Masonry assigns symbols or implements with meanings. The supreme importance in the meaning of a symbol, is the meaning assigned by the creator of that symbol in a given circumstance. In other words, we must try to determine the meaning assigned to the symbols by the original creators of Masonry to determine what mysteries were hidden in the degrees for us to discover. If we do not believe there was an original intent for the symbols and rituals of the Craft, then we are left with belief that they were randomly thrown to together for everyone to judge for themselves the point of the entire thing. I find this idea intolerable and foolish. Masonry teaches, in its own degrees, a reference for order and definition. It states within its rituals time and again, continent to continent that Geometry is revered by Masons. Our symbols themselves are often blatantly referencing systems of order, foundation, and structure. We refer to the Mason himself as a Temple that must be designed, built, and improved upon.

So let us briefly examine the symbols and emblems presented, the archetypes they represent, and define Masonry; less it remained undefined and without value.

The candidate for Masonry is first instructed to be silent. He has others who speak for him in most regards, he is told to trust his God and his conductor, he is advised to organize his time, and to rid his life of vice.

Then, after proving that he is dedicated to silent service to God, he is placed upon a foundation where he is told that duality is necessary. He is given pillars as symbols of duality and he is first allowed to observe them, them pass through them, and then enter into the heart of them beyond. He is told that the pillars contain the secrets of Masonry within them. This teaching stems from the oldest of the Masonic Noachite legends and ancient mystical traditions concerning the secrets of society and psychology wherein the original pillars were brick and bronze. These substances having a meaning of their own. It is upon this journey that he travels into the heart of the earth, for it is necessary to journey across the mosaic of life and material existence understanding and inculcating all she has to truly appreciate the spiritual spark within us.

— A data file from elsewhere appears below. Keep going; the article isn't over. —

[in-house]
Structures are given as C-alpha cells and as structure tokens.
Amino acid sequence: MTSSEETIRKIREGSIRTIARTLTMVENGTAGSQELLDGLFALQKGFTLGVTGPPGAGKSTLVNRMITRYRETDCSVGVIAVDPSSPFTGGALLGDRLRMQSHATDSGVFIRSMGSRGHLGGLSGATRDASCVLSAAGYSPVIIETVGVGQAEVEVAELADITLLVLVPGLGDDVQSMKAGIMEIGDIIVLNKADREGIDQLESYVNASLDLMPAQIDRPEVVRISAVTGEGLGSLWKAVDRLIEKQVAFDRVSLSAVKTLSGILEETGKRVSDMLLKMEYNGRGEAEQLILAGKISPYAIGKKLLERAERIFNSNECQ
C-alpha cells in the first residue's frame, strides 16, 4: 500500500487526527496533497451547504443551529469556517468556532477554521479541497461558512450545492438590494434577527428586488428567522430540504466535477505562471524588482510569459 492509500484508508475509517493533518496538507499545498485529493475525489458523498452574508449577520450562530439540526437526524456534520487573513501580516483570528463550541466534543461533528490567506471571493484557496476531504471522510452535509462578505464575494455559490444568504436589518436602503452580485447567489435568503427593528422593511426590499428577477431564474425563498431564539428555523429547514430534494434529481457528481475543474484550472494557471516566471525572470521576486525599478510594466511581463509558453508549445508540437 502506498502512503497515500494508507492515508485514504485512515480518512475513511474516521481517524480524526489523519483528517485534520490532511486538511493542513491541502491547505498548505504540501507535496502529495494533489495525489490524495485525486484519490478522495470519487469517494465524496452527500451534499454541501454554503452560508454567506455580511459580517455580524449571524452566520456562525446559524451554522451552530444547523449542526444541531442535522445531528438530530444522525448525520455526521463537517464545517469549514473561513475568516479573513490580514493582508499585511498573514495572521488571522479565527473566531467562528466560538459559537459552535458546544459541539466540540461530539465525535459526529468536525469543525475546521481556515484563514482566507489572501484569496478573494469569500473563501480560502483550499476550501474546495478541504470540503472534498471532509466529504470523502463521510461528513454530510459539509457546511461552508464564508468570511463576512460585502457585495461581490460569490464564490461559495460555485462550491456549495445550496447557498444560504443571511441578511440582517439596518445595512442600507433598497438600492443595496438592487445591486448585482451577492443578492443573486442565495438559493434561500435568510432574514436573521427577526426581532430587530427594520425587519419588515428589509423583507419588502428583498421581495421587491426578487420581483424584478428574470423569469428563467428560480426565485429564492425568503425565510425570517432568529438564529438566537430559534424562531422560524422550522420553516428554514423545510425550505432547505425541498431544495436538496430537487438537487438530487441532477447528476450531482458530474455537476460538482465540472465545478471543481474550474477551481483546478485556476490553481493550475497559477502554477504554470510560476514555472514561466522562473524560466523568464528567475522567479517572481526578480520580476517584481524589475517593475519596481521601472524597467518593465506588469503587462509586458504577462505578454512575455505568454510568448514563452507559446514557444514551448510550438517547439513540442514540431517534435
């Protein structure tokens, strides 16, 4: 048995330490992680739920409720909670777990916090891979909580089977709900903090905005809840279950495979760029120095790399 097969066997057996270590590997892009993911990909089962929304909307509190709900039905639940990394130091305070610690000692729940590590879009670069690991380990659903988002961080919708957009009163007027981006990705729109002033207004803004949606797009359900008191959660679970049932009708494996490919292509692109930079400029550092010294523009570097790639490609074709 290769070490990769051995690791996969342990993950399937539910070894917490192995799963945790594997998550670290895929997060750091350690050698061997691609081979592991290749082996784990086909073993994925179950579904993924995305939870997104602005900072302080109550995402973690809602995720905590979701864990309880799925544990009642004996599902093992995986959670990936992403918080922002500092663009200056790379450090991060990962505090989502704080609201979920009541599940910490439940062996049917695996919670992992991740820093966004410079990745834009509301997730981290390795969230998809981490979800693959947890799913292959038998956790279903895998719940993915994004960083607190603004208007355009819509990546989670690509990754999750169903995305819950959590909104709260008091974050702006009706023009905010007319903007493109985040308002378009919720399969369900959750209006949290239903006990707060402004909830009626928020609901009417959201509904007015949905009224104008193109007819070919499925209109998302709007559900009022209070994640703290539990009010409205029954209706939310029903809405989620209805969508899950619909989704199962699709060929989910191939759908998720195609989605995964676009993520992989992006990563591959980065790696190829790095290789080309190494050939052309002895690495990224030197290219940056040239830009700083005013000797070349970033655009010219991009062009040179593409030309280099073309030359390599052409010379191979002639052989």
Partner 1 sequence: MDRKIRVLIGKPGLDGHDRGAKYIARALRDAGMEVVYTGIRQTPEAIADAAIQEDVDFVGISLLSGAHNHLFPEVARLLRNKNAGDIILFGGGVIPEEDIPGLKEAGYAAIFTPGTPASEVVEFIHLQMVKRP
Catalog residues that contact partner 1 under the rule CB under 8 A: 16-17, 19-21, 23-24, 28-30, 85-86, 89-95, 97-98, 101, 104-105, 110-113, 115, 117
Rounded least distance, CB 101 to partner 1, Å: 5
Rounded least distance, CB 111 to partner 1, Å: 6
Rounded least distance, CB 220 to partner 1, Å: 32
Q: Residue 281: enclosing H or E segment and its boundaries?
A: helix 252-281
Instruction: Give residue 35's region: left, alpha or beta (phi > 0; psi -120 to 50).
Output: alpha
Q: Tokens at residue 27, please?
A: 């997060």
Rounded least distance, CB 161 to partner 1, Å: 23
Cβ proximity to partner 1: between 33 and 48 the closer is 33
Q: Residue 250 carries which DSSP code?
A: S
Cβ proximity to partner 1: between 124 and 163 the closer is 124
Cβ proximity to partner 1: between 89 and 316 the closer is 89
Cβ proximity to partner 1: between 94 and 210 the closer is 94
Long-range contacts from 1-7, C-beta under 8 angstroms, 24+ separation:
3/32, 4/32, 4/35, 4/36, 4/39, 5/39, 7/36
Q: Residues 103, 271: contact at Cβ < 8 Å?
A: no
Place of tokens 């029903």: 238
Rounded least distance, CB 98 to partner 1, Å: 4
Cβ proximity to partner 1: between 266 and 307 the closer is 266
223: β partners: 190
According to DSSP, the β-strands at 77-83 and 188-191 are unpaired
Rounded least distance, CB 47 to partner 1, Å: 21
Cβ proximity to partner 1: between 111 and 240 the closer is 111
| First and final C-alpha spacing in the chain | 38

We learn that it is within OUR middle chamber that the next phase of our journey begins and that once there we are to labor. The pillars contain emblems of earth and creation, the symbol of the pillar and globe symbols of generative force, wisdom as a crown upon the symbol of raw intellectual power. We were first shown the very nature of the earth in chalk, charcoal and clay. We are lectured as to her powers of nature to both poison and heal. As as Fellowcraft we journey through the earth, through ourselves, through the universe and recognize the power of duality and the importance of study and work. We are told that if we study the nature of things, that we will understand Nature and Things.

Foolish statements can not be born in the earth, for she never lies regardless of our beliefs or personal norms that we call truths. The earth and Nature never wage in ridiculous discussions of what is truth. For her, they are a constant and they never error. We can believe that we can fly, and she will have as fall as we leap. We can believe that we can breath underwater and she gently drowns us with the truth. She is real, beautiful and constant. She knows of evil, of good, of right and wrong. Incorrect statements of the none existence of evil elude her lips. She is born in reality, and the spirit is a very real part of that reality.